Skip to content

Insomniac City

by Bill Hayes

Bill Hayes came to New York City in 2009 with a one-way ticket and only the vaguest idea of how he would get by. But, at forty-eight years old, having spent decades in San Francisco, he craved change. Grieving over the death of his partner, he quickly discovered the profound consolations of the city’s incessant rhythms, the sight of the Empire State Building against the night sky, and New Yorkers themselves, kindred souls that Hayes, a lifelong insomniac, encountered on late-night strolls with his camera.

And he unexpectedly fell in love again, with his friend and neighbor, the writer and neurologist Oliver Sacks, whose exuberance–“I don’t so much fear death as I do wasting life,” he tells Hayes early on–is captured in funny and touching vignettes throughout. What emerges is a portrait of Sacks at his most personal and endearing, from falling in love for the first time at age seventy-five to facing illness and death (Sacks died of cancer in August 2015). Insomniac City is both a meditation on grief and a celebration of life. Filled with Hayes’s distinctive street photos of everyday New Yorkers, the book is a love song to the city and to all who have felt the particular magic and solace it offers.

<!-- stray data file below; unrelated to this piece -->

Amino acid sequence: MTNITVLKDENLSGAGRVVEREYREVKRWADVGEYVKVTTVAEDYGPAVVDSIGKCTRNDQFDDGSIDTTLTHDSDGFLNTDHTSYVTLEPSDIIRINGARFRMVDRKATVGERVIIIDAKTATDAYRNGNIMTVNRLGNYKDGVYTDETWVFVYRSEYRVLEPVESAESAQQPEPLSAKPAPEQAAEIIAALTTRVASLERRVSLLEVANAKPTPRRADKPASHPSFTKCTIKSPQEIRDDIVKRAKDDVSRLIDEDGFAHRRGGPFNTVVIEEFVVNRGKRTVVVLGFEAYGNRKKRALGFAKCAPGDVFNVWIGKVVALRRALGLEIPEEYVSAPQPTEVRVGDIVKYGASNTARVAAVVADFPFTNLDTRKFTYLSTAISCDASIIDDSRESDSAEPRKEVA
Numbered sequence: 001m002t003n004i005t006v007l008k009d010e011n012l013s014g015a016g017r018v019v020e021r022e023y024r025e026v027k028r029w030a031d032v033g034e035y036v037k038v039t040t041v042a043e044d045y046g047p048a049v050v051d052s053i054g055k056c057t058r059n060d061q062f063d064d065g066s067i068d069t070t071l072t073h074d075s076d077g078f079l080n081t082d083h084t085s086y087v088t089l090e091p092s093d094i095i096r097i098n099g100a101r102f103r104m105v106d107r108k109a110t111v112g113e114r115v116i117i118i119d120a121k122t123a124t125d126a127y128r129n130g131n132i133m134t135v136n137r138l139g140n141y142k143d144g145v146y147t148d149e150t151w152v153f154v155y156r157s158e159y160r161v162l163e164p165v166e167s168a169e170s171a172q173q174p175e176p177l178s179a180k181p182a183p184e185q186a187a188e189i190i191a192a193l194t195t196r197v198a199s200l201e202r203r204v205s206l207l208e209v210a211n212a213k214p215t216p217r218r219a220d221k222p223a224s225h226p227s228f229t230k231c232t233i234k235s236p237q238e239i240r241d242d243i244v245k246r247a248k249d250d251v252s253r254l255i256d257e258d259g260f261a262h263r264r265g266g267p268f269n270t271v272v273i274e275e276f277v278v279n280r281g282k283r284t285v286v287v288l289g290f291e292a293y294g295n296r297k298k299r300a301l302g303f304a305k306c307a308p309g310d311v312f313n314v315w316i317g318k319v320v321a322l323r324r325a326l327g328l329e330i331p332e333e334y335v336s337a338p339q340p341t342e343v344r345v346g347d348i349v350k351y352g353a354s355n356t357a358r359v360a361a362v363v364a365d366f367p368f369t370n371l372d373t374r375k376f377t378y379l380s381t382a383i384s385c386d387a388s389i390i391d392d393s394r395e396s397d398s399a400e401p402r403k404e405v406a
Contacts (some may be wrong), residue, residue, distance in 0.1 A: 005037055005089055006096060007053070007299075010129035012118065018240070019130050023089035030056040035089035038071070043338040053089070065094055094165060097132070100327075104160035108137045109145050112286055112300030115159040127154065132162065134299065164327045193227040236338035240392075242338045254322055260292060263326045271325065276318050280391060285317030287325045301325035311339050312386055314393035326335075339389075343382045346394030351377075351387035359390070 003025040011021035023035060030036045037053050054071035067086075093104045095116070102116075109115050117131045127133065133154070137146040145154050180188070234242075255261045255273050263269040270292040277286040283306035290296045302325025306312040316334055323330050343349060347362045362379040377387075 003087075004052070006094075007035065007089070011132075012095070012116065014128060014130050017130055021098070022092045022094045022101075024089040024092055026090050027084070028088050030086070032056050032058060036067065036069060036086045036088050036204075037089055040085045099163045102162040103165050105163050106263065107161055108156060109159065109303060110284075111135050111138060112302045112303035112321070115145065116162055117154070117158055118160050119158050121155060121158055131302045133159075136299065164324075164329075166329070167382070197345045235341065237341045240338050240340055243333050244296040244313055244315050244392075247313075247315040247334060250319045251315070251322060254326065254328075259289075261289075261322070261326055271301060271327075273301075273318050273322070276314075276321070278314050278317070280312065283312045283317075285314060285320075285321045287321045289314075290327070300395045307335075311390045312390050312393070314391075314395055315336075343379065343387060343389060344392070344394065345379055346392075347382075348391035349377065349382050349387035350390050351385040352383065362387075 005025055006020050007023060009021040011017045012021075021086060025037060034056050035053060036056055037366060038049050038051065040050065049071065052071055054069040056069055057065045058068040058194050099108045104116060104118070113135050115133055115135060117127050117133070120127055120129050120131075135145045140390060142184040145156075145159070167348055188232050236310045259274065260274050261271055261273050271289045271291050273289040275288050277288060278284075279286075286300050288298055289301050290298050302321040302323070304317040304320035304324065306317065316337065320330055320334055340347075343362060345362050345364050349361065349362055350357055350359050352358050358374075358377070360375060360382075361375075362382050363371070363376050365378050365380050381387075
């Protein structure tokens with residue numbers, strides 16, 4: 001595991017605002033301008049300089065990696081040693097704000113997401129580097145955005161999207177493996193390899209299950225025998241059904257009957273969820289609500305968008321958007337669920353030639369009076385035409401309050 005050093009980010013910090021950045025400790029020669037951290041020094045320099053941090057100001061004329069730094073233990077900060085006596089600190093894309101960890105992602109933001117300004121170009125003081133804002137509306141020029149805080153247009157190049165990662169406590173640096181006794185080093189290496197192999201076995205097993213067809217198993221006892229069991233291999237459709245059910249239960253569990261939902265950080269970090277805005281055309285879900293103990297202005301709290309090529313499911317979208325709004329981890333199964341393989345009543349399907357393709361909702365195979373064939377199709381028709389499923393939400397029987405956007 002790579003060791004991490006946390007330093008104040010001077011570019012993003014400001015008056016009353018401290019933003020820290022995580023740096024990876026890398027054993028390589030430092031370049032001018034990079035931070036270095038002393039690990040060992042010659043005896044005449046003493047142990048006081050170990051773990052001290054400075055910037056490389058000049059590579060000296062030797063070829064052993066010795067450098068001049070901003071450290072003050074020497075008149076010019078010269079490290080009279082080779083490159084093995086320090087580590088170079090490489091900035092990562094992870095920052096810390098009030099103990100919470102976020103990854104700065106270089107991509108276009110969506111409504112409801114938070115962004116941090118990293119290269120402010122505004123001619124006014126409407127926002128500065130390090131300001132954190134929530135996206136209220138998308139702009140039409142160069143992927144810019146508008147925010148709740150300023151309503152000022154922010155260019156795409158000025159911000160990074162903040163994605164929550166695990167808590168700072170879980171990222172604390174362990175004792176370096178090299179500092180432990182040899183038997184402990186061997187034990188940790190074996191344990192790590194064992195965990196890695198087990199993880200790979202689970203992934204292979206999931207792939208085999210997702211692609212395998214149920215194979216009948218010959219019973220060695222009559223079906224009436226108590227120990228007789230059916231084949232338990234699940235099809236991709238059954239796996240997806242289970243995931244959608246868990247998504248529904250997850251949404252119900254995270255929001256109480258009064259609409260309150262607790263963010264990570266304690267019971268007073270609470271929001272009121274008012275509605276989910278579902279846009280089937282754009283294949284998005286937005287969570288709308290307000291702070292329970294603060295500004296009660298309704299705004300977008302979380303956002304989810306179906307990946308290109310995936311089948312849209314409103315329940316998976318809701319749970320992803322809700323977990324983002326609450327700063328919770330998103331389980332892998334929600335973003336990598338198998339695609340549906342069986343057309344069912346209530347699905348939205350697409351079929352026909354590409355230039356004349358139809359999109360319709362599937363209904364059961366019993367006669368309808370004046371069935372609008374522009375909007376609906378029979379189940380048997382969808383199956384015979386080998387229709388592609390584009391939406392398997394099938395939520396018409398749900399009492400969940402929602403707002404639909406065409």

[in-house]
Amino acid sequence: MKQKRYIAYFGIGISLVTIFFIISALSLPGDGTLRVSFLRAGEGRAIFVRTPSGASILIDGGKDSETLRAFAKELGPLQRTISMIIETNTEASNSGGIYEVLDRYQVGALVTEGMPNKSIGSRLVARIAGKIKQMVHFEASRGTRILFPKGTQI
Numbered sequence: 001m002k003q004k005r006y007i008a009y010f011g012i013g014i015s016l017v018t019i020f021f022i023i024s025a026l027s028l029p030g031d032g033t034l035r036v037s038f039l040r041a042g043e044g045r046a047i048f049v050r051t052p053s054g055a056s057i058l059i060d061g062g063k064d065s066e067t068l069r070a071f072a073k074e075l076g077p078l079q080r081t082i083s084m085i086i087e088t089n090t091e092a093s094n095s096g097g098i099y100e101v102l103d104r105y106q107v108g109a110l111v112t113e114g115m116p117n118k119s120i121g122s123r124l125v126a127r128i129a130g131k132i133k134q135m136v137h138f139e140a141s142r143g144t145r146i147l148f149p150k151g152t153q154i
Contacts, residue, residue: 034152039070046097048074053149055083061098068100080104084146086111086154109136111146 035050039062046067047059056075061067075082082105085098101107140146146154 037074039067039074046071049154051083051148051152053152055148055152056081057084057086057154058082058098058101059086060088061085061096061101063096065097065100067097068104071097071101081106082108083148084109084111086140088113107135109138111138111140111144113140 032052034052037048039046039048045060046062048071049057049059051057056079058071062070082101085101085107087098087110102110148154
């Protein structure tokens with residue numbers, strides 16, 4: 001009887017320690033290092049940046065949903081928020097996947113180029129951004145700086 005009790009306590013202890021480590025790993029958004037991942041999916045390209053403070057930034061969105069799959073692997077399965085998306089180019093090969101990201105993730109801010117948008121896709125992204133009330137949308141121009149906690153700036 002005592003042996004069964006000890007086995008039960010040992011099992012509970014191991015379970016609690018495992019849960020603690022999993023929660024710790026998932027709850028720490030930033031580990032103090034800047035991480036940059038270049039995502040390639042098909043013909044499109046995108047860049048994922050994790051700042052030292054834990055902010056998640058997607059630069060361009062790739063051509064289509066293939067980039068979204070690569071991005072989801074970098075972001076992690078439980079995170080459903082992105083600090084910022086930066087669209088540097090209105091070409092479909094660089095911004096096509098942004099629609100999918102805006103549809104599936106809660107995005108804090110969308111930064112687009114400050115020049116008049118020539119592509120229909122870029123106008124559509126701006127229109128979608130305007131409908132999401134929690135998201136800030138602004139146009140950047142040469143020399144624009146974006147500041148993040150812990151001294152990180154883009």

Overview

Author
Publisher
Released
01 March, 2017

About Bill Hayes

Bill Hayes is the author of The Anatomist, Five Quarts, and Sleep Demons. He is a recipient of a Guggenheim Fellowship in nonfiction and was a visiting scholar at the American Academy in Rome. He is a frequent contributor to the New York Times, and his writing has appeared in The New York Review of Books and Salon, among other publications. His photographs have been featured in Vanity Fair, the New York Times, and the New Yorker. He lives in New York.



Comments

Leave a Reply

Your email address will not be published. Required fields are marked *